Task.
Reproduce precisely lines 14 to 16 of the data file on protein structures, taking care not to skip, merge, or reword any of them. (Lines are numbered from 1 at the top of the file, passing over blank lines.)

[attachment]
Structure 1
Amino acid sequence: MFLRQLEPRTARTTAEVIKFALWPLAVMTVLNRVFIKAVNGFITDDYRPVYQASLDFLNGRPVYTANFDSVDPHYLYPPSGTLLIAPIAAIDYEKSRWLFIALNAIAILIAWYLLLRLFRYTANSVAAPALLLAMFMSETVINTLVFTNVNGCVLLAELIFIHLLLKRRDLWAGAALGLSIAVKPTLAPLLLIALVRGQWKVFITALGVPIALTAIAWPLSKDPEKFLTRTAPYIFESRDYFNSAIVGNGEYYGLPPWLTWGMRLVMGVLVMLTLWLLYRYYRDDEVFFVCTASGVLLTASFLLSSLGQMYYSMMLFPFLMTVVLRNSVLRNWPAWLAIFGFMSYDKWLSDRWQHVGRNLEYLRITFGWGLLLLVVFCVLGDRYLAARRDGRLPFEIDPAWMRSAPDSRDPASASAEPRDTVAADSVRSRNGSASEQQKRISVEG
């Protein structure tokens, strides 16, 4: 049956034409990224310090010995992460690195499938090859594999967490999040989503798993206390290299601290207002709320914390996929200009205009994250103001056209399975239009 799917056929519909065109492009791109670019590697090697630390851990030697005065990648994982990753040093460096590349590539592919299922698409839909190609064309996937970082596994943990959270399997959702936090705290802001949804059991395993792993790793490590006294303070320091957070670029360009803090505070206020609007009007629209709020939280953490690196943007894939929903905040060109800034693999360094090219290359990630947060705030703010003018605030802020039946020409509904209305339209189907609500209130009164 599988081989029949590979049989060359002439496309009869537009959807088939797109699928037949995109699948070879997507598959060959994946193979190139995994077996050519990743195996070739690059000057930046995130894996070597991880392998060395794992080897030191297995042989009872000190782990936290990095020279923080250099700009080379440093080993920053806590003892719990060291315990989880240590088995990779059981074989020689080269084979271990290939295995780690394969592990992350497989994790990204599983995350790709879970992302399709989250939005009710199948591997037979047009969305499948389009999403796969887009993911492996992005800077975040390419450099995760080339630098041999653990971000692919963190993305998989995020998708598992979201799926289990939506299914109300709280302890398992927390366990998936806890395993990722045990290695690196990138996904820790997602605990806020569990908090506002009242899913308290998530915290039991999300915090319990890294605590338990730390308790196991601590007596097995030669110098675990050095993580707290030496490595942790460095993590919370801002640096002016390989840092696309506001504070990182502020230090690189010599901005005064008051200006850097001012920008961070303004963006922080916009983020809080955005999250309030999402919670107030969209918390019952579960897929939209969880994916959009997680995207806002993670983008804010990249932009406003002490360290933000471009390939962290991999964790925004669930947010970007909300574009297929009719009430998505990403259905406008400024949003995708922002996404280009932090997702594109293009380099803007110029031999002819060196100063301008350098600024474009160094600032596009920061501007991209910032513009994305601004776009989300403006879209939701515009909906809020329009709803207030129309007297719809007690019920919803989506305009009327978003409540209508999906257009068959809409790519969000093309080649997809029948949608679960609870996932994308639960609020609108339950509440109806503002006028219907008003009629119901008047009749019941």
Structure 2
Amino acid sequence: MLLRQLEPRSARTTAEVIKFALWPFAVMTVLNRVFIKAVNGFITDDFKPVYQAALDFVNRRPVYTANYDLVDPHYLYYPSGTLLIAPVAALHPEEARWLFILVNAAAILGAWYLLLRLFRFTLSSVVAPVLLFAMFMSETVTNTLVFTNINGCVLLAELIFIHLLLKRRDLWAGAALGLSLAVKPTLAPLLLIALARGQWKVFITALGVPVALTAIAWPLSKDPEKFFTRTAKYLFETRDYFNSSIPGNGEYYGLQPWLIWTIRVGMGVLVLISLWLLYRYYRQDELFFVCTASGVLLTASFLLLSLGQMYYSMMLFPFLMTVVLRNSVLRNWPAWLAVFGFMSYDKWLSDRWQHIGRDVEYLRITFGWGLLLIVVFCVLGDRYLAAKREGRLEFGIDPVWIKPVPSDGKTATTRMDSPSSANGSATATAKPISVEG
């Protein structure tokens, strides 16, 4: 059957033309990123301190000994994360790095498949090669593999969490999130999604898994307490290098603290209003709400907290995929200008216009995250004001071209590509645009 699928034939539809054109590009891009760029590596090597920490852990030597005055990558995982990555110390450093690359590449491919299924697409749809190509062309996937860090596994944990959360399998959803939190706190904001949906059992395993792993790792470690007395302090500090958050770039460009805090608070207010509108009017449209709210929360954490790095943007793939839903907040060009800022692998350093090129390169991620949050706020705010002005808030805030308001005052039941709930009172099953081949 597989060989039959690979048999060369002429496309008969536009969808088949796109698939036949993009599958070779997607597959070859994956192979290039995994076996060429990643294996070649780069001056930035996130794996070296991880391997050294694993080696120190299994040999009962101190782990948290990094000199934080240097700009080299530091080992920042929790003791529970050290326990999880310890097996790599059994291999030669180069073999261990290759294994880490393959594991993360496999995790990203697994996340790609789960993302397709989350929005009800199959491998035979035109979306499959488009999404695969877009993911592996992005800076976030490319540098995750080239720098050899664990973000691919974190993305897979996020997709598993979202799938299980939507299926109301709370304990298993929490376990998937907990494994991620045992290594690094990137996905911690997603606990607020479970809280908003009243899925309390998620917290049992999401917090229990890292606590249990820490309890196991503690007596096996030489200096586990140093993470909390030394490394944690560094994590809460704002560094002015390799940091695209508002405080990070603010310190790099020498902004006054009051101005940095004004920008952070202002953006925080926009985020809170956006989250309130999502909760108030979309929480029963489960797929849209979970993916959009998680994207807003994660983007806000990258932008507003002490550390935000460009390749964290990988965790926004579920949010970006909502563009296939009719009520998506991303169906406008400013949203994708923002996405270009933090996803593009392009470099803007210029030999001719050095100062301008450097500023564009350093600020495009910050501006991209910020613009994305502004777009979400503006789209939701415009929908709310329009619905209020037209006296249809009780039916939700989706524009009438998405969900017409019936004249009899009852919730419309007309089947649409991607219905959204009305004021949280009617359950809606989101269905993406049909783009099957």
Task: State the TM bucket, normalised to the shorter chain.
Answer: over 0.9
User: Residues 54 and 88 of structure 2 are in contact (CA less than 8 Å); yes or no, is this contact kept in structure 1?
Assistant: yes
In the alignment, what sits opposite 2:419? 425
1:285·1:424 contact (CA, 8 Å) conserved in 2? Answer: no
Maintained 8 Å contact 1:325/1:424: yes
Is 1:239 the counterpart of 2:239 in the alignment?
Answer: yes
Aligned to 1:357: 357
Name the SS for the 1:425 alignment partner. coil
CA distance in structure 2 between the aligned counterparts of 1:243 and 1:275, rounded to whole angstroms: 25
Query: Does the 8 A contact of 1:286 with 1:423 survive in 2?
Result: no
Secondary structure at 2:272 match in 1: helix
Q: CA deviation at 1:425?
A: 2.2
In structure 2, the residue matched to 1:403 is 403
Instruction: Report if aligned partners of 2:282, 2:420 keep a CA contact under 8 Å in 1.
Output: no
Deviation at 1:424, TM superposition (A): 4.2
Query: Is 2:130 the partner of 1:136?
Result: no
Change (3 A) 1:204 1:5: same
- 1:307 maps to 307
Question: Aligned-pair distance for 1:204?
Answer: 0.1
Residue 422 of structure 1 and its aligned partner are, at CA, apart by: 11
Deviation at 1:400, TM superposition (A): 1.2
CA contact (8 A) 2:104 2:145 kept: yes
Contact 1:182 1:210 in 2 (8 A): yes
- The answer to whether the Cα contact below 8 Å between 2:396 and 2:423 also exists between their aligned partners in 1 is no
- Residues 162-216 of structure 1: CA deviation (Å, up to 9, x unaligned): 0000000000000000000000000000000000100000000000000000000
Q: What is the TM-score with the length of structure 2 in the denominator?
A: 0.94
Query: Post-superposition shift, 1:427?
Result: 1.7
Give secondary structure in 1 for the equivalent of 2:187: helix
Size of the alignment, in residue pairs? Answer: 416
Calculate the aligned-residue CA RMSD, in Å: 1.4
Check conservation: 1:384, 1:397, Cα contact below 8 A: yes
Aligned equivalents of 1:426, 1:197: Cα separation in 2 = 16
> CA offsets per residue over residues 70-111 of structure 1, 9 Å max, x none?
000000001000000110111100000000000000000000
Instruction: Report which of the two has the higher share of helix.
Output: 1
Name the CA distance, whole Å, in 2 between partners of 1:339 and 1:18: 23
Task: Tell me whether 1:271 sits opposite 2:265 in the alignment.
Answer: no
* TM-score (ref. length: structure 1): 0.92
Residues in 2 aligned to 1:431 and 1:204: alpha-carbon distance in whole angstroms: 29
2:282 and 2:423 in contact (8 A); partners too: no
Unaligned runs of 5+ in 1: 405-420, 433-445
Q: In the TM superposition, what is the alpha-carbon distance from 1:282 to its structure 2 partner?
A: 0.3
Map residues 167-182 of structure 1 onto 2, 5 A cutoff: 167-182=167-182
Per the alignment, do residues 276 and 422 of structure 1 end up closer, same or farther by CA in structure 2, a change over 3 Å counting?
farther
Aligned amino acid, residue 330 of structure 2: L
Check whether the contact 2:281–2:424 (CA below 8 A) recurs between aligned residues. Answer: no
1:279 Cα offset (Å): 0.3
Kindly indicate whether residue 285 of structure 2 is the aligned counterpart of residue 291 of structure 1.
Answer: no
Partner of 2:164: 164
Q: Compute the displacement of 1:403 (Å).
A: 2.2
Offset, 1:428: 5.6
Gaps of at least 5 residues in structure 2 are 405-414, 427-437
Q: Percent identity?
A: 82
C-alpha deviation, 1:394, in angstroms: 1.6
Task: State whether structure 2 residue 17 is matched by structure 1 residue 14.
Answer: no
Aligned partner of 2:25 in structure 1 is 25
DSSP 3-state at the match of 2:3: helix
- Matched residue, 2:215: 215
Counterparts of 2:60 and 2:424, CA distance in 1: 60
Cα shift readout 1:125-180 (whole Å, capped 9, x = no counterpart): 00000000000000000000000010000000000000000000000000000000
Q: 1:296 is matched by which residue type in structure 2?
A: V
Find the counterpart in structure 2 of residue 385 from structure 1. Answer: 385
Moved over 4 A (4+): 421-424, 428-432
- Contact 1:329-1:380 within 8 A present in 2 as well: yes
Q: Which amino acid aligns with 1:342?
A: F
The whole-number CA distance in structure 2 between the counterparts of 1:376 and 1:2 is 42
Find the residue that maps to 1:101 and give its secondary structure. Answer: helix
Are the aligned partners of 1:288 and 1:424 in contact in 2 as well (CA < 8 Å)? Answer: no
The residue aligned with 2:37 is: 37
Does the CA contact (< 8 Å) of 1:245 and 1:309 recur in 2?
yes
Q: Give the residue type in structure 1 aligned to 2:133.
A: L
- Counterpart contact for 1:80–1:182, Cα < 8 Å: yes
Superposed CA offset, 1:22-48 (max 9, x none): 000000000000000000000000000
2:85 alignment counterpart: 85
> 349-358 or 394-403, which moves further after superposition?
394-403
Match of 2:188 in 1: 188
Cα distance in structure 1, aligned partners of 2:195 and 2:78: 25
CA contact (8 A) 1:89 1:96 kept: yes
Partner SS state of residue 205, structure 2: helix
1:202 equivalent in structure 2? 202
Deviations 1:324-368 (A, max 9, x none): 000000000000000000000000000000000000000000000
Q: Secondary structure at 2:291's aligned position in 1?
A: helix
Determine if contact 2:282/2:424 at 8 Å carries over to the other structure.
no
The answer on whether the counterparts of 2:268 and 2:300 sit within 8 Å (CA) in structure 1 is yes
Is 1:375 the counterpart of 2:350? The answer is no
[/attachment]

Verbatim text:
Is 1:239 the counterpart of 2:239 in the alignment?
Answer: yes
Aligned to 1:357: 357